When I first saw the email it looked overwhelming, draining even. We've been at this adoption for a long time. But, my heart pounds, races every time I think of our boys and all the other faces of the children at the orphanage. Does your heart pound when you hear "orphanage"? Do you feel their pain, the children's, even just for a brief moment. Maybe the pain that shoots across your heart is just too much, so you turn away or turn it off. Pray for strength that you won't turn away. Pray for strength to help. God has something for you, personally, to do to help an orphan. Pray, he will give you strength to do something.
Here's the letter from our agency... please continue reading!!!
Dear Wasatch Haiti Waiting Families and associates;
I am passing along information from JCICS (Joint Council on International Children's Services) that I just received, the JCICS Haiti task force has been working tirelessly to help with the problems mounting in Haiti. The following is the result of their efforts and they are asking all of us to join in to see that changes are made.
“The efforts of the JCICS Haiti Task Force have at last come to fruition. This morning the office of Congresswoman Cathy McMorris Rodgers (WA) with the support of Senator Sam Brownback (KS) sent a Dear Colleague letter to all members of both houses of the US Congress. It is time for our parents to act in support of the pending Haitian adoption law”.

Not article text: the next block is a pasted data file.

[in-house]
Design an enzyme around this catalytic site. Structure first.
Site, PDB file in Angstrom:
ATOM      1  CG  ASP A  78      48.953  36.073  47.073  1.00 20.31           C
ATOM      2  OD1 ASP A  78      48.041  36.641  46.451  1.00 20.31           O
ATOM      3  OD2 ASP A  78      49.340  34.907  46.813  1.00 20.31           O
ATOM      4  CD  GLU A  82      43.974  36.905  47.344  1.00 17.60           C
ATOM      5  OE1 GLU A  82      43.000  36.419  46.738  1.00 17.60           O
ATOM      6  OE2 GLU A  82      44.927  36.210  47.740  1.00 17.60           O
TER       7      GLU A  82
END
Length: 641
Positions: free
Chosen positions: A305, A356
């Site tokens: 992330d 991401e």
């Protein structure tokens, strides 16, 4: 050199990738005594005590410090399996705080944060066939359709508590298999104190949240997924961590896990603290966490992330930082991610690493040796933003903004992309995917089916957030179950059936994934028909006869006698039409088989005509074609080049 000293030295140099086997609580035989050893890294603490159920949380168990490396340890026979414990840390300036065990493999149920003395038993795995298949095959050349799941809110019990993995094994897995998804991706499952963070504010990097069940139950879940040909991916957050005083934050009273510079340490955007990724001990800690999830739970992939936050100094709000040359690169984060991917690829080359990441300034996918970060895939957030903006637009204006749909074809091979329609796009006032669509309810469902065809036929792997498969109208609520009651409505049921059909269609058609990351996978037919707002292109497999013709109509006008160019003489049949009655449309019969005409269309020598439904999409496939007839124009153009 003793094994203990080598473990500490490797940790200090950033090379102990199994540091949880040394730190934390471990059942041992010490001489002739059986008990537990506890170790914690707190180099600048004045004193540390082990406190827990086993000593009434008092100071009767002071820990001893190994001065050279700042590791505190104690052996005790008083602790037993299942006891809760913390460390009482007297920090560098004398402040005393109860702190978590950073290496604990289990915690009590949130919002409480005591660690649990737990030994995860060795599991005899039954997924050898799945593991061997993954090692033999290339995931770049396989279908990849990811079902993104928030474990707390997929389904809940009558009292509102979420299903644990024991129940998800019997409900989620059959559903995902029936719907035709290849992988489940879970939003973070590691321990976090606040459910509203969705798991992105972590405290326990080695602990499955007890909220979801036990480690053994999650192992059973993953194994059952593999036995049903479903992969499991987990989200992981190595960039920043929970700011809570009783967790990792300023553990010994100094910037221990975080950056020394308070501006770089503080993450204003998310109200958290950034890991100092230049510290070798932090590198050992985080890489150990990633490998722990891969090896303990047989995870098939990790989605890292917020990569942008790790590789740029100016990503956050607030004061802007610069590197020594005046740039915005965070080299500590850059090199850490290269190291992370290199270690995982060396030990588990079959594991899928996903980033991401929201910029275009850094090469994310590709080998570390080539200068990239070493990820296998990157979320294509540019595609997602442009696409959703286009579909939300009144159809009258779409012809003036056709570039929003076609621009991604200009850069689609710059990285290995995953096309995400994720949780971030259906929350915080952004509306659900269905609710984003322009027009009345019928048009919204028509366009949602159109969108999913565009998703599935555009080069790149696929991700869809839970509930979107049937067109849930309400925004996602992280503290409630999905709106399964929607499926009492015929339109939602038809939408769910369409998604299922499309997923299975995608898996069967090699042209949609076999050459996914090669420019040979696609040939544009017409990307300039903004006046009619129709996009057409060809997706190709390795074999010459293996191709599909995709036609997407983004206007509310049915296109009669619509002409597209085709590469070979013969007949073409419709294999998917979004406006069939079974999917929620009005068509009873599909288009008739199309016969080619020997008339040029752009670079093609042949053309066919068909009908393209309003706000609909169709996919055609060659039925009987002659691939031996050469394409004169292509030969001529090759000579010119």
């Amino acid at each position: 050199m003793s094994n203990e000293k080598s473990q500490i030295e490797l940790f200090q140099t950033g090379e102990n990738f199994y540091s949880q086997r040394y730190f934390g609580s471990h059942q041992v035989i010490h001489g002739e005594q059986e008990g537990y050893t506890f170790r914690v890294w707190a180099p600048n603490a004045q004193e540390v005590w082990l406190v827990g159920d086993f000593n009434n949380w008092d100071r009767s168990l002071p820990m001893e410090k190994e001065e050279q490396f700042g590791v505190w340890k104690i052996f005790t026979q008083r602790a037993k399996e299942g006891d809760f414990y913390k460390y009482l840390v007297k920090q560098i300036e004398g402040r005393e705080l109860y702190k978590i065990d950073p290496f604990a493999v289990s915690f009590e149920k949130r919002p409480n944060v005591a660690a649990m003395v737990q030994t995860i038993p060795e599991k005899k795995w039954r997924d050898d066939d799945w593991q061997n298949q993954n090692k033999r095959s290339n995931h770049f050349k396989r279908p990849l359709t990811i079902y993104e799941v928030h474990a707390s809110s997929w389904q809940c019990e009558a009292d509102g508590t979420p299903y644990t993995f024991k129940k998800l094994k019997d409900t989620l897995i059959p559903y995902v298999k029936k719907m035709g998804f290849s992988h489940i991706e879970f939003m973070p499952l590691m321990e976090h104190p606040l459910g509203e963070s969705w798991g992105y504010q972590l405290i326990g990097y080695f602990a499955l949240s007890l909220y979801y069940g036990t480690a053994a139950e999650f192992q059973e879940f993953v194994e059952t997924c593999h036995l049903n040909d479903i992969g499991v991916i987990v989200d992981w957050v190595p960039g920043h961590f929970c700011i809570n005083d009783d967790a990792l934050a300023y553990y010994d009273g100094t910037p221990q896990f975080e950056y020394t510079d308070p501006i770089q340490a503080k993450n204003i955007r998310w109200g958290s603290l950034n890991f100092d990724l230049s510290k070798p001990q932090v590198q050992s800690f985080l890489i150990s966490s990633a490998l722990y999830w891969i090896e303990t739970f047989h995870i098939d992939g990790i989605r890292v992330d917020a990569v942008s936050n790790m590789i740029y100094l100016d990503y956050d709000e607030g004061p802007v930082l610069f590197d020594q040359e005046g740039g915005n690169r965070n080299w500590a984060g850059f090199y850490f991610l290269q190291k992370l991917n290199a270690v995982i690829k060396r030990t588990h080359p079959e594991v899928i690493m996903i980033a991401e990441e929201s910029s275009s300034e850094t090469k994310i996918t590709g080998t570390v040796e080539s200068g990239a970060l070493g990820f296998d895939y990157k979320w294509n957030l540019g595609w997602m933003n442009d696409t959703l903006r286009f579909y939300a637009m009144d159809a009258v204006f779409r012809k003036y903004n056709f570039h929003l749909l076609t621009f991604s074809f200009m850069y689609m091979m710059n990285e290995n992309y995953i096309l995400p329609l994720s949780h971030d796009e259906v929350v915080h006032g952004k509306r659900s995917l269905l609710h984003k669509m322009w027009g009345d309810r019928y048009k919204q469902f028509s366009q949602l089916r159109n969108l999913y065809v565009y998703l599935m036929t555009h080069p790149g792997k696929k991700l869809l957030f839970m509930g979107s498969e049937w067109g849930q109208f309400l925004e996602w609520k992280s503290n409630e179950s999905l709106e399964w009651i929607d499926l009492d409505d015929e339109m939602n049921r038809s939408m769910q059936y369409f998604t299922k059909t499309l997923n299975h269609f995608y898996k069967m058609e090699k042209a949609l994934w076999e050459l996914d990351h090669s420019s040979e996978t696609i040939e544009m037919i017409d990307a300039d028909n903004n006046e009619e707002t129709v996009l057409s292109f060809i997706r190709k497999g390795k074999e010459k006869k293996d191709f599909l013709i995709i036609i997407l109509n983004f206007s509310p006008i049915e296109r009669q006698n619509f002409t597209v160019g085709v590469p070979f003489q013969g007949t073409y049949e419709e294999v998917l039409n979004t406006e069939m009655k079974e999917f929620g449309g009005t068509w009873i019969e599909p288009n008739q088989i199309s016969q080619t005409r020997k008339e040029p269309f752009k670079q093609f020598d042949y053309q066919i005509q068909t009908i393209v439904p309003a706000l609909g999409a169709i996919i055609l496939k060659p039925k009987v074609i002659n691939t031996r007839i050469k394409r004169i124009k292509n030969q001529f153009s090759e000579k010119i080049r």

Please share and post the letter below as much as possible. The Dear Colleague letter and the pending law need our maximum support. Have your families and friends get involved, we all need to work together to make changes in Haiti. Please make note that JCICS is asking that phone calls be made within a 72 hour window for maximum affect, the dates are listed below.
Please let me know if you have any questions.Chareyl Moyes Haiti Program Manager _________________________________________________________________

Joint Council Haitian Children & Families Initiative
Dear Friends,
Over the past three years, the processing of adoptions in Haiti have slowed to a crawl. Abandoned children are enduring adoption processes lasting two or three years before being united with adoptive families.
Not only is such lasting institutional care damaging to the children who wait and wait, but the slowed process has had a negative effect on the many desperately needy children of Haiti who are not waiting in orphanages. Orphanages in Haiti have traditionally been providers of humanitarian aid to their communities. Many support free medical clinics, schools, feeding programs and family preservation programs. Orphanages have been a resource for temporary care for children following a family crisis, such as a fire or illness. But now that children are languishing in orphanage care for years, orphanage directors report that the beds are full, the food and medicine supplies are insufficient, and the children needing temporary care are left on the streets with little prospect for life.